The sentence would be:
    I know that up to last week, he was still unmarried

    The sentence:
    I know that as of last week he was still unmarried.
    Let's chop out what isn't necessary and invert it for clarity:
    "He was still unmarried as of last week."
    This would mean:
    From last week/last Tuesday, up to this moment in time, he was/is still not married. The use of 'still' imparts the implication, (for example as in the premise of a couple of movies), he has a certain amount of time in which to marry or forfeit an inheritance...and time may be running out: 'still' implies that this unmarried state was not ended much earlier than last week, so that he was sure to inherit.
    'still' and 'as of last week' are trying to get across the meaning 'he remains' right up to this moment...but as it stands, the sentence is nonsensical. All you would need to say is, "I know he is still unmarried." (He is right now at this moment, was a week ago, and all his life before that if he isn't a divorced person.)
    That's true. I never use it partly for that reason.
    For "as of" meaning "up until", you could use "up until", "up to"
    .
    There is no such meaning for 'as of' = 'up until'

    jctgf: you spotted the anomoly in meanings!

  4. Raymott's Avatar
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    #8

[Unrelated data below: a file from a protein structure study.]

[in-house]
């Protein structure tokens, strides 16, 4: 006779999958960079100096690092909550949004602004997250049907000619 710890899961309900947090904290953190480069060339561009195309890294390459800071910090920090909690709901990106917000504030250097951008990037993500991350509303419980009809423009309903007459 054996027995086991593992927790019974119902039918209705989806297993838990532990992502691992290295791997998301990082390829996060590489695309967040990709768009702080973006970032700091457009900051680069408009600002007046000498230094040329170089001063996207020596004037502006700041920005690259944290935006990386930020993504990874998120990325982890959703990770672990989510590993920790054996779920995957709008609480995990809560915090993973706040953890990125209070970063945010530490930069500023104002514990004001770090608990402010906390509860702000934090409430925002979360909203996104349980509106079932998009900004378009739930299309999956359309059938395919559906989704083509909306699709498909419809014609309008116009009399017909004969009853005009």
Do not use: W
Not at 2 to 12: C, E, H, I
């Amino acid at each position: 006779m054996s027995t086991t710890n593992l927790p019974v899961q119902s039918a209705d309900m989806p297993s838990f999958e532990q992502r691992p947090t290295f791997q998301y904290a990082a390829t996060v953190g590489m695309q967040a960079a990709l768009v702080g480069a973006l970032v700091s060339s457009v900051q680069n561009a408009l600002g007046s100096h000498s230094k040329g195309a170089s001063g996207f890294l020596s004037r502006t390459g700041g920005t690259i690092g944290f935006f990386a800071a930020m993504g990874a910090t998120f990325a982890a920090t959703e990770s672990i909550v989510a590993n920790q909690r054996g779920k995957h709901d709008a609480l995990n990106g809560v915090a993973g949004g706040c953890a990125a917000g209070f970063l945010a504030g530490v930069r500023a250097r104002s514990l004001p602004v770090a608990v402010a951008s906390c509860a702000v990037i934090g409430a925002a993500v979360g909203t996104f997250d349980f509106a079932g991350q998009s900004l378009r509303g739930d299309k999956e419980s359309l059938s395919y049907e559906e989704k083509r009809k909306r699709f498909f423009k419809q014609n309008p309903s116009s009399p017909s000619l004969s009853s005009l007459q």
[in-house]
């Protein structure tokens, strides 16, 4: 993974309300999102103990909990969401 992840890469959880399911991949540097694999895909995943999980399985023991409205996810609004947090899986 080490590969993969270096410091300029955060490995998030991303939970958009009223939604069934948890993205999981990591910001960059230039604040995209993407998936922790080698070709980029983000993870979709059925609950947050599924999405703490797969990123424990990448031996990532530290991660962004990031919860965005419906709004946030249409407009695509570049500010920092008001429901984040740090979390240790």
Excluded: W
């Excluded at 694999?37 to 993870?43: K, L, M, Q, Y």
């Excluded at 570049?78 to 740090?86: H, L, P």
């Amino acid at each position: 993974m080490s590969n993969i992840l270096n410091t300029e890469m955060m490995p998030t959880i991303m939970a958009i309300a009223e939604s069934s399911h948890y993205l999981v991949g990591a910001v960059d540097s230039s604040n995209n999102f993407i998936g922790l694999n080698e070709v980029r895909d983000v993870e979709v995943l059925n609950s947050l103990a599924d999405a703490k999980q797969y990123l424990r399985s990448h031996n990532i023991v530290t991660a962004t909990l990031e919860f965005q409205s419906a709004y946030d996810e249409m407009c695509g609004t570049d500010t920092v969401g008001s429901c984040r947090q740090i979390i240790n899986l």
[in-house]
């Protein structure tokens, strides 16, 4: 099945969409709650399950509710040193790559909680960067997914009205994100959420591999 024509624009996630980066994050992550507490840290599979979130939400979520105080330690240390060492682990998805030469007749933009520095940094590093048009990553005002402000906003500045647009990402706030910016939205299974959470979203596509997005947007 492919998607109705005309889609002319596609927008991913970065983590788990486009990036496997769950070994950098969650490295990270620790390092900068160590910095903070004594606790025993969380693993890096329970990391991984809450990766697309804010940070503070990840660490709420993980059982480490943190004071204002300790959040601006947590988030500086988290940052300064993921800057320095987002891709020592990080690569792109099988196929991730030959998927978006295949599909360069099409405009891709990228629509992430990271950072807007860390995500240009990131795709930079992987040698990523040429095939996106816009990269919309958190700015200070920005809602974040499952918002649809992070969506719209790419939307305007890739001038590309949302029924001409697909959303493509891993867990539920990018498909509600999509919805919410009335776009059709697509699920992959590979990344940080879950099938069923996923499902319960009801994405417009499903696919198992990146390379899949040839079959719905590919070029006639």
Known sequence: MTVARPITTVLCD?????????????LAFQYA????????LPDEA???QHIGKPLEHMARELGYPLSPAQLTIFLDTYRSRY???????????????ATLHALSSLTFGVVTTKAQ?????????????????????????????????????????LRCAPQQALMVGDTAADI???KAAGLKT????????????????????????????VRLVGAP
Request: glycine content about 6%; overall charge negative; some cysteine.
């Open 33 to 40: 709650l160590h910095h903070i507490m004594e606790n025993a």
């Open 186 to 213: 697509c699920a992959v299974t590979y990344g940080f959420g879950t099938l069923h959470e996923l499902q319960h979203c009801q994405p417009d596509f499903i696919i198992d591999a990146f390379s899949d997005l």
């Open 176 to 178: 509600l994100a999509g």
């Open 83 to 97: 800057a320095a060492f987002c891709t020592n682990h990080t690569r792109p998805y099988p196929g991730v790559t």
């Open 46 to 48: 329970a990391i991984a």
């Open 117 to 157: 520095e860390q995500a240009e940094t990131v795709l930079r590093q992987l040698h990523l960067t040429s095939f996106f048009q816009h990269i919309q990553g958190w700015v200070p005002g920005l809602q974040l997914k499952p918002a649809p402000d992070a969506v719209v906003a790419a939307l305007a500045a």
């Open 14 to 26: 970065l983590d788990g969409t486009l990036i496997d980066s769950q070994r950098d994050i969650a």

Re: ''as of''

    Quote Originally Posted by David L. View Post
    That's true. I never use it partly for that reason.
    For "as of" meaning "up until", you could use "up until", "up to"
    .
    There is no such meaning for 'as of' = 'up until'
    For "as of" meaning "up until", you could use "up until", "up to".
    Yes, this is wrong. My suggestion was that if one is considering using "as of" to mean "up until", then
    they should consider using that term "up until".
    People use "as if" in Australia for all these meanings (up until, at, and since).
    I understood that this is what this thread was about - the opposite ways in which "as of" is used.
    For example, if we are collecting money for Mary's birthday present, "as of" can be heard in Australia with the intended meaning in the following contexts: